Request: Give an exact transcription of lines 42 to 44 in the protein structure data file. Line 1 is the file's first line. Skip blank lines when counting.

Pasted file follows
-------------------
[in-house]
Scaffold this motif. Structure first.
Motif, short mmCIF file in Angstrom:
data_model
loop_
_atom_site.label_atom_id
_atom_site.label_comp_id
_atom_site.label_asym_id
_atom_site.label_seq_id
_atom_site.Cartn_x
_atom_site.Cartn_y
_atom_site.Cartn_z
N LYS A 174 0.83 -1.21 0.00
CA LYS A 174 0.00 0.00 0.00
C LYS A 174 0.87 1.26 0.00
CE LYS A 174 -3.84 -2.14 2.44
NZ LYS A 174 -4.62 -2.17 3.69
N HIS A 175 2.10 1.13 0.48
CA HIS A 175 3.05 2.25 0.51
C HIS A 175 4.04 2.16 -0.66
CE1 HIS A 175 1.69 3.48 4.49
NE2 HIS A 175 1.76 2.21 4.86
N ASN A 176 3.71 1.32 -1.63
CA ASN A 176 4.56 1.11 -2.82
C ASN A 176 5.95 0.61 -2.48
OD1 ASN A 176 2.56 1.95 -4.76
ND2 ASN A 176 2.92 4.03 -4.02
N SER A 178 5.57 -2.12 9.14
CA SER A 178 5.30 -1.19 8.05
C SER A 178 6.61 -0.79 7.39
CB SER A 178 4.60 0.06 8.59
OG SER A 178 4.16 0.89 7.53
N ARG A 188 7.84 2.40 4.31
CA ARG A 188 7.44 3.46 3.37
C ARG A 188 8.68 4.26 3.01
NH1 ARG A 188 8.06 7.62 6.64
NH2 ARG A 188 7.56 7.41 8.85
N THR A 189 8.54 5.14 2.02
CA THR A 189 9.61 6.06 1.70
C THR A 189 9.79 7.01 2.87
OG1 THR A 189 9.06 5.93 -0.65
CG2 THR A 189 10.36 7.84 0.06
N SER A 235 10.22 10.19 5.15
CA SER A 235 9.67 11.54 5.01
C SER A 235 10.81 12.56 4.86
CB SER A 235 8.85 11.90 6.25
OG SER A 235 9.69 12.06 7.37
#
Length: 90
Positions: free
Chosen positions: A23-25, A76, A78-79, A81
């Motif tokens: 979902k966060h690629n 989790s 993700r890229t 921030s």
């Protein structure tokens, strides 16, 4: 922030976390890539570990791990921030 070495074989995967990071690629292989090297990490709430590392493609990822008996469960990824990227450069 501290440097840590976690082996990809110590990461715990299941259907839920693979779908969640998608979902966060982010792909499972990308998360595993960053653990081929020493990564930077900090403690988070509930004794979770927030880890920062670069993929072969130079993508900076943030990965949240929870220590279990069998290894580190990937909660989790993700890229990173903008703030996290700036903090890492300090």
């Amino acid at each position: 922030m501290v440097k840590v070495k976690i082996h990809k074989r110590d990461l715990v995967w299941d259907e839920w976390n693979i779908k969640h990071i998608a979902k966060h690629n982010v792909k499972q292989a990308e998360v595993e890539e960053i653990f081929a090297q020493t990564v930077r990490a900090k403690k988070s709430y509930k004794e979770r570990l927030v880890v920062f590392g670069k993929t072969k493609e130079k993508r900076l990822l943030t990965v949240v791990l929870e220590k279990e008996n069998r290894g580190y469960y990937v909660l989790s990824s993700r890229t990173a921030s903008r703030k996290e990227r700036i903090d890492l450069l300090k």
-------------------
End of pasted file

CG2 THR A 189 10.36 7.84 0.06
N SER A 235 10.22 10.19 5.15
CA SER A 235 9.67 11.54 5.01